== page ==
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I have an ancient Toshiba 4600 Satellite Pro laptop. It has WinXP, and it's no longer responding. (See http://superuser.com/questions/70312/winxp-apps-wont-end) So, I figured it's time to try installing a Linux distro. I've never done any Linux, never installed an OS. What versions would be recommended 1) for this laptop? 2) for this user? 1 is much more important than 2, because I am usually capable of learning.

PS: I plan on mostly just using the laptop for a word processor, and I have Open Office on my main PC. That could always change, depending on how well it works and how well I learn.

Specs: Intel Pentium 2, 847 mhz, 256 MB Ram, 20 G harddrive

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can you add specifications of the laptop - The Processor, Memory & HDD capacity. –  Sathya Nov 20 '09 at 23:52
    
I will do that when I get home tonight. If I recall it has an 20G hard drive, and barely enough memory for WinXP (It originally came with Win98). I will provide more information in the original question, but it will take a couple of hours. –  thursdaysgeek Nov 21 '09 at 0:12
    
Lubuntu is mentioned below, here's an article with a few benchmarks: linux-mag.com/cache/7520/1.html –  bedwyr Nov 21 '09 at 3:35

9 Answers 9

up vote 1 down vote accepted

Don't get too hung up on which distribution to install - it is the applications which really matter, and your main applications are the desktop and the word processor. I think you would be best off getting a distribution that has a wide choice of desktops and checking them out one by one; try XFCE, LXDE, Openbox etc. You can also try Gnome: you may prefer a richer desktop that is a bit slow to a faster but more basic one. Similarly you could try out the various word processors that are part of your chosen distribution.

(As an example, I am running OpenSuse 11.2 on an old Dell CPx laptop, 500MHz processor, 192MB of RAM. OpenSuse is not normally considered lightweight but during the install I just chose XFCE rather than KDE as the desktop. With Google chromium running with 5 tabs open, and a terminal with htop running, htop is reporting that I am using 99MB of memory.)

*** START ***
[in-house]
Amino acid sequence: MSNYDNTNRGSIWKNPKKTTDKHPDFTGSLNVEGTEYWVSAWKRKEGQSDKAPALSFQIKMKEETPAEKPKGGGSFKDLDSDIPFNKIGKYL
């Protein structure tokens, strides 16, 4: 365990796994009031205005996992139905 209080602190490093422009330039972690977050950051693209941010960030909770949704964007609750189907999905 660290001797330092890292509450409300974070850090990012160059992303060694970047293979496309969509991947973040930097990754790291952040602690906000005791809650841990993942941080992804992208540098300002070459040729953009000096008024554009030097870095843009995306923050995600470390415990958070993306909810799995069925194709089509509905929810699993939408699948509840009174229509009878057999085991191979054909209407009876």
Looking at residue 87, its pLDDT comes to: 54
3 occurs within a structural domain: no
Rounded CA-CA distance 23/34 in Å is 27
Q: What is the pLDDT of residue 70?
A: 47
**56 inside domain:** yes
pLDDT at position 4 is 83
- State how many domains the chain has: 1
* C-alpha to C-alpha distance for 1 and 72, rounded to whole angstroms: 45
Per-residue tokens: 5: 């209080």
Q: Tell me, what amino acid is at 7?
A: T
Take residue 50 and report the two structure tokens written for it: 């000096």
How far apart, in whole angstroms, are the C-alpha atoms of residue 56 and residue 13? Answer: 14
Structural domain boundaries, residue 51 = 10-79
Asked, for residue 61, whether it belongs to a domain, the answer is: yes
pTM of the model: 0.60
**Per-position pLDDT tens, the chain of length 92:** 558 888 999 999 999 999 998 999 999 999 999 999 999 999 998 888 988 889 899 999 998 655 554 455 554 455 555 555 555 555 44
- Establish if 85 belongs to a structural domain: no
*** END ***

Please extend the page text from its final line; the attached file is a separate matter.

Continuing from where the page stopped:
You may need to be careful how you install Linux: your computer will find it much easier to boot an installed distribution than a live CD. On this machine I installed from the network install CD without a problem, for Ubuntu based systems you would be better off choosing install straight from the boot menu (assuming Ubuntu hasn't changed that much from what I remember).

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+1 Good advice. –  DaveParillo Nov 22 '09 at 6:58

I am using an older Toshiba laptop and am very happy that I have replaced Win XP with LinuxMint, based on Ubuntu.

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What was your WM? I would expect Gnome (not to mention KDE) to suffer from poor performance on a P2 w/256M of RAM. –  bedwyr Nov 21 '09 at 3:37
    
My machine is running Gnome, and has 512MB, thankfully. Also it's a Core Duo Processor T2400 (2M Cache, 1.83 GHz, 667 MHz FSB). (The asker supplied his hardware specs some time after my answer.) –  JMD Nov 23 '09 at 18:54

I ran, so far, Gericom (less known ex-european brand), HP, Toshiba and Fujitsu-Siemens laptops.

If you're new to linux, may I suggest OpenSUSE? It has an forbidable community (compared only to Ubuntu by some), and in my experience is a little better when it comes to drivers for little more egxotical hardware (wifi, video cards ...). Nice documentation, and all in all, a very tidy distro.

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Are saying you ran OpenSUSE on Gericom, HP, etc machines? –  DaveParillo Nov 21 '09 at 16:25